Recent efforts to understand and respond to such pervasive toxicity include a 2015 panel on online harassment convened by Caroline Sinders at South by Southwest; the 2017 workshop on Abusive Language Online held at the annual conference of the Association for Computational Linguistics; and the “Notoriously Toxic” project funded by the National Endowment for the Humanities that brought together a working group of game developers, legal experts, social scientists, computational linguistics, and humanists. Also relevant are experiments like Google Jigsaw’s Perspective, which attempts to use a machine learning classifier to classify text strings on a scale from “very toxic” to “very healthy.”

From Online Toxicity to Offline Hate Speech

Online hostility goes hand in hand with offline hate speech directed at targets defined by gender, race, class, ethnicity, nationality, and various individual vulnerabilities. In one case, described by Lisa Nakamura, Chinese players of the online game World of Warcraft were verbally attacked and harassed in-game and via social media by attackers who used using stereotyped images identical to those deployed against exploited Chinese railroad laborers in the mid-1800s. Online communities can be disrupted by anti-social behavior in games like League of Legends, Call of Duty, and Minecraft, along with harassment on social media platforms like Facebook and Twitter. However, such pathologies could be reduced with social codes and regulatory systems.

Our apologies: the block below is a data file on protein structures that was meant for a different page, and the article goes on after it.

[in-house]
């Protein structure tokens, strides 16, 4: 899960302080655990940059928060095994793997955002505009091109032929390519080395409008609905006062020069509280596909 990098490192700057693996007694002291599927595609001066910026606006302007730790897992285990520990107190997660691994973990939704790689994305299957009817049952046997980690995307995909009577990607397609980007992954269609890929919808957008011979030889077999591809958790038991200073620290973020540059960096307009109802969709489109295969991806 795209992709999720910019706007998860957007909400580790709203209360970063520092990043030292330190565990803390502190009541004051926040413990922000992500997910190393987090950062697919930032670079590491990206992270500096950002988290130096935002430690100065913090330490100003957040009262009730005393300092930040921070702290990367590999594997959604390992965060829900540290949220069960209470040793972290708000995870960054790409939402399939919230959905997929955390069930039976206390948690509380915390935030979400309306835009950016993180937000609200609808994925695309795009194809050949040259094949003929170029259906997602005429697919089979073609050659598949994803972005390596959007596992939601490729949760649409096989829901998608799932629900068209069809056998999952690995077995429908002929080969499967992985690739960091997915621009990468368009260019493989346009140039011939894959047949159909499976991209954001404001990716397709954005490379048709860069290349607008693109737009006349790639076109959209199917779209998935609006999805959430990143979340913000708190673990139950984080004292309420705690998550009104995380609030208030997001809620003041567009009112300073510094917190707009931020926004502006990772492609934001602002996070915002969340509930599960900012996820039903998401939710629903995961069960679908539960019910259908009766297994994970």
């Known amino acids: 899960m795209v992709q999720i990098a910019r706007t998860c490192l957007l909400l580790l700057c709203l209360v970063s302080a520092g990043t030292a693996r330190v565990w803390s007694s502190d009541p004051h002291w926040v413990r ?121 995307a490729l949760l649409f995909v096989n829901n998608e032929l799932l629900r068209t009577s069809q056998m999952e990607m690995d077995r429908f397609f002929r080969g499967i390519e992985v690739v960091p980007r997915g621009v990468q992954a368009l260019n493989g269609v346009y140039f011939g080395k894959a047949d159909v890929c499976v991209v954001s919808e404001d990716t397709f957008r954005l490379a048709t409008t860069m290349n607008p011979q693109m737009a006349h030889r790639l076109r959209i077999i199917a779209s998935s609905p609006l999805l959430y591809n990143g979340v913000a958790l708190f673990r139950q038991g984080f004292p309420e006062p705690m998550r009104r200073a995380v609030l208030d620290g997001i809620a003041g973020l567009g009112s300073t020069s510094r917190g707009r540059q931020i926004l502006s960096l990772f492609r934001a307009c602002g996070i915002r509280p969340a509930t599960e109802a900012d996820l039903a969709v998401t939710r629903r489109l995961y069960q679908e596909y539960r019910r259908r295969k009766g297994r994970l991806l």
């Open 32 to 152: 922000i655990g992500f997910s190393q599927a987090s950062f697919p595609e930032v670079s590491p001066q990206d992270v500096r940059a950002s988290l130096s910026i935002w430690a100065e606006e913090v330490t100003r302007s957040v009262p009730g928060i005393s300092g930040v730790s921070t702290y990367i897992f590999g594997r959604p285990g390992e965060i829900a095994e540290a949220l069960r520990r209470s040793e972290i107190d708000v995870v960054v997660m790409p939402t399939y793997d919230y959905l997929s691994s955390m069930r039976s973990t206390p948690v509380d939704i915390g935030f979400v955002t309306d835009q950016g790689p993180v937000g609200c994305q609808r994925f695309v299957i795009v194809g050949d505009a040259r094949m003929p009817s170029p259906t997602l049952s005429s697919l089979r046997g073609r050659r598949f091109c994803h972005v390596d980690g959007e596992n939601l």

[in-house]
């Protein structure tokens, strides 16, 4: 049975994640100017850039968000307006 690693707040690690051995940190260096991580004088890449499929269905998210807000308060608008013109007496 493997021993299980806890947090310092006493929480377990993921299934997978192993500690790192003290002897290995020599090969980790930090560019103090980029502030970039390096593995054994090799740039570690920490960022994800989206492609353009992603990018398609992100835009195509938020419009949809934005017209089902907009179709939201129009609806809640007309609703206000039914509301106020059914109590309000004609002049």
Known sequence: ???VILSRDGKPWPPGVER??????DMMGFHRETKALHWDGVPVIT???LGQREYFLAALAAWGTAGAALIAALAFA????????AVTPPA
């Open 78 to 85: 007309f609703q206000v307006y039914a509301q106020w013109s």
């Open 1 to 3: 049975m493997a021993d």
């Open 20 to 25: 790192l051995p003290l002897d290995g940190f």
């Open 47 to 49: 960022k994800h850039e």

Ways to Address Online Pathologies

Efforts to reduce online toxicity can target players, groups of players, or the servers on which games take place. Each relies on different type of approach. Work with players focuses on the psychology of individual gamers. A focus on player groups requires an understanding of social structures. And a focus on the servers that host games requires an understanding of how regulations can influence population-level behaviors. Techniques aiming to moderate conduct can operate at each of the three levels and strike some balance among commercial, regulatory, technical, and ethical concerns. Some techniques do natural language processing to filter individual comments; others encourage community self-moderation. A blended approach might apply a language filter, a censoring mechanism, and a behavior warning system, bolstered in extreme instances by litigation against offenders or bans for spans ranging from minutes to lifetimes.

Although no one could reasonably argue that the average gaming company encourages use of its platforms to radicalize young people or intentionally disseminate hate speech, game players nevertheless face such pathologies every time they go online. If nothing is done, online social and professional interactions will likely be plagued by ever more hostile modes of communication. To protect the next generation from the flood of hate speech encountered by today’s youth when they search the Internet and chat friends or play games online, policymakers and other advocates must address the systems-level features that foster and even encourage toxic online speech. A mix of approaches must be tried, until effective, sustainable solutions are devised.

Read more in Ben Miller, “Notoriously Toxic: Understanding the Language and Costs of Hate and Harassment in Online Games” (working paper, 2018).